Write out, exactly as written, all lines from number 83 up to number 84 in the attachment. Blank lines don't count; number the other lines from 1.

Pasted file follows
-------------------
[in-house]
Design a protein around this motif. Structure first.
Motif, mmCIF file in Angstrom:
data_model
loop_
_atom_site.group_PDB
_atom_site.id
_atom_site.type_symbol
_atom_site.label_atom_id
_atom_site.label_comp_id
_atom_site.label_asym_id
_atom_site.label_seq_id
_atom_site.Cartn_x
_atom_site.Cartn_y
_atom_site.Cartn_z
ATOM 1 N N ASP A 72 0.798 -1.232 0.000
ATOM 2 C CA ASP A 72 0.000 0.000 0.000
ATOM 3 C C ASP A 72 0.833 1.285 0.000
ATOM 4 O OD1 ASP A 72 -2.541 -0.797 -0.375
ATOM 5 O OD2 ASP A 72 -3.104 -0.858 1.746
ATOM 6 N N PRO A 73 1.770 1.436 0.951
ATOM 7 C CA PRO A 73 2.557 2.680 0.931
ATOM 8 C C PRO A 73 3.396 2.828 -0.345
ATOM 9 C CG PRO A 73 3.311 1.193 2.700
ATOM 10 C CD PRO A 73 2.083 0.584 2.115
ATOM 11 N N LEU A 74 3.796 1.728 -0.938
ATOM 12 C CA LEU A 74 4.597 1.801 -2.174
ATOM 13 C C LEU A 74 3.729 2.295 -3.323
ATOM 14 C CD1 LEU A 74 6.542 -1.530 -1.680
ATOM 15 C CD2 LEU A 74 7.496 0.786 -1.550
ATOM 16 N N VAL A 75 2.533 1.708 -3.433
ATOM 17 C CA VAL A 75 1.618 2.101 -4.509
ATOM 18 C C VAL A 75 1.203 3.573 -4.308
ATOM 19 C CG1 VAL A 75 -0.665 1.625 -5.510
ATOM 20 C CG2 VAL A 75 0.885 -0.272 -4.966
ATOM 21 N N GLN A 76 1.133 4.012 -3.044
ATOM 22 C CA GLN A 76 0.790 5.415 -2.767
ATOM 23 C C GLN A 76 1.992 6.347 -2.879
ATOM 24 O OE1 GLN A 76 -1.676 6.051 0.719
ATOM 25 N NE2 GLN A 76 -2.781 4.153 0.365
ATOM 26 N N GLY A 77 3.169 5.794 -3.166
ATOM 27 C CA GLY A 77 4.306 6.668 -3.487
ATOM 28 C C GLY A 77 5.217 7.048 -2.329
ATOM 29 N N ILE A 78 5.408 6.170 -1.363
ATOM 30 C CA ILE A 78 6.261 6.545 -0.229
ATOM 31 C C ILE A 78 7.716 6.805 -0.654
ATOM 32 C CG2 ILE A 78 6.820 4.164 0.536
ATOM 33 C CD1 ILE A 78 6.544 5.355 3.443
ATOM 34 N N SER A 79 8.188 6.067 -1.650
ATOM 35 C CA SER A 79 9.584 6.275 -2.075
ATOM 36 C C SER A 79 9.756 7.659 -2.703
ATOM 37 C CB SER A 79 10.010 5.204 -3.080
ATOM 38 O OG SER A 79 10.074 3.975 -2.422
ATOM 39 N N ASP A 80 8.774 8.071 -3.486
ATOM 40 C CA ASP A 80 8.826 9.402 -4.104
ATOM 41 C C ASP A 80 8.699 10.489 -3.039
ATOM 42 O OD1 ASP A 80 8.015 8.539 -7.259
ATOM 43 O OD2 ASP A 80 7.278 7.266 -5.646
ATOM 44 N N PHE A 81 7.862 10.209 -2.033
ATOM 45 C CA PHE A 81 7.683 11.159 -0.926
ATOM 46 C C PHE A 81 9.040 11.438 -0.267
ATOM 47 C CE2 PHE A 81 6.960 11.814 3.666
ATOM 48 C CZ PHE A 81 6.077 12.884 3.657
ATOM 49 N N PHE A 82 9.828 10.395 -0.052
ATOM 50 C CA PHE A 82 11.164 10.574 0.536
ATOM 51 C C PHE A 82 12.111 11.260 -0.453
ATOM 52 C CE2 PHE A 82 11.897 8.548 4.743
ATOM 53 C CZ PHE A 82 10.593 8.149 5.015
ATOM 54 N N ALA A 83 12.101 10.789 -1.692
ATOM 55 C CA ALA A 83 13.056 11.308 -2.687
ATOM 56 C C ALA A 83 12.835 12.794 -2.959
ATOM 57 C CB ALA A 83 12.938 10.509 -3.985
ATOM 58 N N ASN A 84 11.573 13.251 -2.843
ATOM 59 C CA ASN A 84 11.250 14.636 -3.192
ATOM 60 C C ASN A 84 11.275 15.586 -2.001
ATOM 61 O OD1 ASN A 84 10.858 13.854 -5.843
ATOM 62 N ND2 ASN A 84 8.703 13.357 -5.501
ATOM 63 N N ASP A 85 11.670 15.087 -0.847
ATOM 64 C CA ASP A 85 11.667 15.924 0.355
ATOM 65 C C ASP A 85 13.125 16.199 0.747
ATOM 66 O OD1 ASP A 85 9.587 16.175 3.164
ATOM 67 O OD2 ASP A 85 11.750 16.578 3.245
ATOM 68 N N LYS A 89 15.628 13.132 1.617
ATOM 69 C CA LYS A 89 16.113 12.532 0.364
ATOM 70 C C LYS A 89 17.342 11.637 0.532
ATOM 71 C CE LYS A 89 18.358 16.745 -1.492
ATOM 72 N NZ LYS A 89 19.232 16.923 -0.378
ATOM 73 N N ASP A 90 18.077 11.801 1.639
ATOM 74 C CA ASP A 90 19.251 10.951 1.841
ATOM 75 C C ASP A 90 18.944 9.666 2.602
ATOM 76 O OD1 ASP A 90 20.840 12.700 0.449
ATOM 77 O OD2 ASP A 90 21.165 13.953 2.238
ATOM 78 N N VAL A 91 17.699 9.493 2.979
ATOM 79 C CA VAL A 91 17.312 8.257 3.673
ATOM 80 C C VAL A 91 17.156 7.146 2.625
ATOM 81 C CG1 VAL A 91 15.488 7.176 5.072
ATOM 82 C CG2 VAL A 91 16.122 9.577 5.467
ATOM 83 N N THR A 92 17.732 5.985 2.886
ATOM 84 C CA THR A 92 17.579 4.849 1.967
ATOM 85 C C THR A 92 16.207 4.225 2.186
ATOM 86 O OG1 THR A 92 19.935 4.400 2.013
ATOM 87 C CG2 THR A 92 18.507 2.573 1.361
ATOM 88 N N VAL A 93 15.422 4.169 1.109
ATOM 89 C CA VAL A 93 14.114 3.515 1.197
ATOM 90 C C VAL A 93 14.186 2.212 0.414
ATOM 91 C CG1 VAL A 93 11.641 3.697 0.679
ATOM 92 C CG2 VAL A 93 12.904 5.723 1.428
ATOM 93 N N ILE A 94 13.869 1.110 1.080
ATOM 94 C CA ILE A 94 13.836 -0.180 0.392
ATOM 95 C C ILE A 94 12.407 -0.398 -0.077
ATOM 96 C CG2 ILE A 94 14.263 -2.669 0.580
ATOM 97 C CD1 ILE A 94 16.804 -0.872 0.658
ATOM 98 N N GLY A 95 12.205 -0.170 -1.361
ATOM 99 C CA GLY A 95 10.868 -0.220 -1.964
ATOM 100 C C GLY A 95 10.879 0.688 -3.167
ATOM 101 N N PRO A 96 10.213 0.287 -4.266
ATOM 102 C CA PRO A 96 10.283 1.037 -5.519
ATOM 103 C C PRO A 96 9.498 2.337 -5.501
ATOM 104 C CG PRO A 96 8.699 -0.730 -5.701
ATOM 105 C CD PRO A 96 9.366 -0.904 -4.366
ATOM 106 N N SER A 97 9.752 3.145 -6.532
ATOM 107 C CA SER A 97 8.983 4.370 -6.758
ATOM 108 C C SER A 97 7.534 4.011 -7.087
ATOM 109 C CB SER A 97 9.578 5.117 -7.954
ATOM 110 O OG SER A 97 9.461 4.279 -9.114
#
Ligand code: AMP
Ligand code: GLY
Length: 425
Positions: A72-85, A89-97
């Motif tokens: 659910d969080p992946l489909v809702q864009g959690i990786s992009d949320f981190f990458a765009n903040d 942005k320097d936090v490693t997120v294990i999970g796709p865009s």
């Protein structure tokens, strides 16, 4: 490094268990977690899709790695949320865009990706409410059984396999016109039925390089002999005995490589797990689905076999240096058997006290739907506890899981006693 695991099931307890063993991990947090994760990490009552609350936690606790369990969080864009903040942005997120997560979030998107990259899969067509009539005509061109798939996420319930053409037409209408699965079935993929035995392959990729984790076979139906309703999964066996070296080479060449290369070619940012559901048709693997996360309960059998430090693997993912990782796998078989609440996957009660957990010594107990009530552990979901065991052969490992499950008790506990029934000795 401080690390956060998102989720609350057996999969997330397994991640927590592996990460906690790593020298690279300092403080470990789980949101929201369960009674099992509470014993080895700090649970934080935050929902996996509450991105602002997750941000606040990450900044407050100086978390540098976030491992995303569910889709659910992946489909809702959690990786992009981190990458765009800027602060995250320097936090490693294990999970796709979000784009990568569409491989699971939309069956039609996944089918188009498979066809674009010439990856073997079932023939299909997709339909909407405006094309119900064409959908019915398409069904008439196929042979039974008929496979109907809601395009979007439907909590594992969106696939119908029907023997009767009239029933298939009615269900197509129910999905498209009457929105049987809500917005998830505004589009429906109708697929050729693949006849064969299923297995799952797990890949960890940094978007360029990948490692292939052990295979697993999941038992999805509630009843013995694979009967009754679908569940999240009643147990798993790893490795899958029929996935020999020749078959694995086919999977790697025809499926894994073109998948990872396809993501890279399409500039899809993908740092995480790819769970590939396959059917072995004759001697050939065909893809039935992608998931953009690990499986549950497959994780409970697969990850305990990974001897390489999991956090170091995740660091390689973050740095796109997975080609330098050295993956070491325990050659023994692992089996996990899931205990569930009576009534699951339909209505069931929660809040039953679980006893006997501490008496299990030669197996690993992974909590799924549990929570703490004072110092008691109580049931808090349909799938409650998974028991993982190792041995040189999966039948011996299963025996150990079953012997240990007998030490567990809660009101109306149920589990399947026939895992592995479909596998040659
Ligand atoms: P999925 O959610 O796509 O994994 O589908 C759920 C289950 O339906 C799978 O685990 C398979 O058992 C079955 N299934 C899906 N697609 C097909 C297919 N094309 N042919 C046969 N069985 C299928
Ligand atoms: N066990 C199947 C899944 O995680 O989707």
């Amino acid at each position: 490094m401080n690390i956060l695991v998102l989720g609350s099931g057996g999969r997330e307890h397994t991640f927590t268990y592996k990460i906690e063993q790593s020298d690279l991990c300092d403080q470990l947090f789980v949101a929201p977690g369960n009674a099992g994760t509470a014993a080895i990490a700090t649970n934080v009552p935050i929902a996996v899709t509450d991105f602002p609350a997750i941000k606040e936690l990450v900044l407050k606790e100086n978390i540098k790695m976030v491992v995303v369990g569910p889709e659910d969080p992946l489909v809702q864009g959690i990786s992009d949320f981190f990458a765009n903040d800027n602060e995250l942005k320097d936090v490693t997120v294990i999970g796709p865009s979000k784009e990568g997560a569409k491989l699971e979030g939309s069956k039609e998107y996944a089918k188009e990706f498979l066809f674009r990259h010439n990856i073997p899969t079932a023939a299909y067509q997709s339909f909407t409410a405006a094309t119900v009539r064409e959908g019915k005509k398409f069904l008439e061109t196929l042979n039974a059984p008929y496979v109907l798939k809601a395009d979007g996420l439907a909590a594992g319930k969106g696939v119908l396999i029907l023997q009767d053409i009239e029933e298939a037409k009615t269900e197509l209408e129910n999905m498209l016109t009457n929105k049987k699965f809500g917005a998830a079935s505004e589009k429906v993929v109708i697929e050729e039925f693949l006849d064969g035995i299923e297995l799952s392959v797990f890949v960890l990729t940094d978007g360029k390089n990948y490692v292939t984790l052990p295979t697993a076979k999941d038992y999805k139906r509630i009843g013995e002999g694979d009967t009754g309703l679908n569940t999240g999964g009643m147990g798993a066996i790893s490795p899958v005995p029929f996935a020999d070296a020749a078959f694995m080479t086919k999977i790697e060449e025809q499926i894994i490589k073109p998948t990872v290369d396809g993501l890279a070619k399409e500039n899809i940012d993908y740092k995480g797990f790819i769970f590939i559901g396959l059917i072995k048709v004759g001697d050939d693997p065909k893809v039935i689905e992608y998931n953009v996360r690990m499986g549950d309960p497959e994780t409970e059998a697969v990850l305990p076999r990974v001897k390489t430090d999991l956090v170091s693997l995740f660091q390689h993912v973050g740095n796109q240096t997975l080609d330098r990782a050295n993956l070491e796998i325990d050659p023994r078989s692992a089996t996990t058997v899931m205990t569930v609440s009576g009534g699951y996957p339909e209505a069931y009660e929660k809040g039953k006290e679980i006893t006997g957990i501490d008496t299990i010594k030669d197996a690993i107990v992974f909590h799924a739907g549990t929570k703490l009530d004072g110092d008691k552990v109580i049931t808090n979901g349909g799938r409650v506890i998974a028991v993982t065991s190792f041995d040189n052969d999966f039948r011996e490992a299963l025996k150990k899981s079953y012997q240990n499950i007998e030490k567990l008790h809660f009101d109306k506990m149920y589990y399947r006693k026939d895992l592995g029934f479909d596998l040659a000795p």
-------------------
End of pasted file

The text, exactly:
ATOM 68 N N LYS A 89 15.628 13.132 1.617
ATOM 69 C CA LYS A 89 16.113 12.532 0.364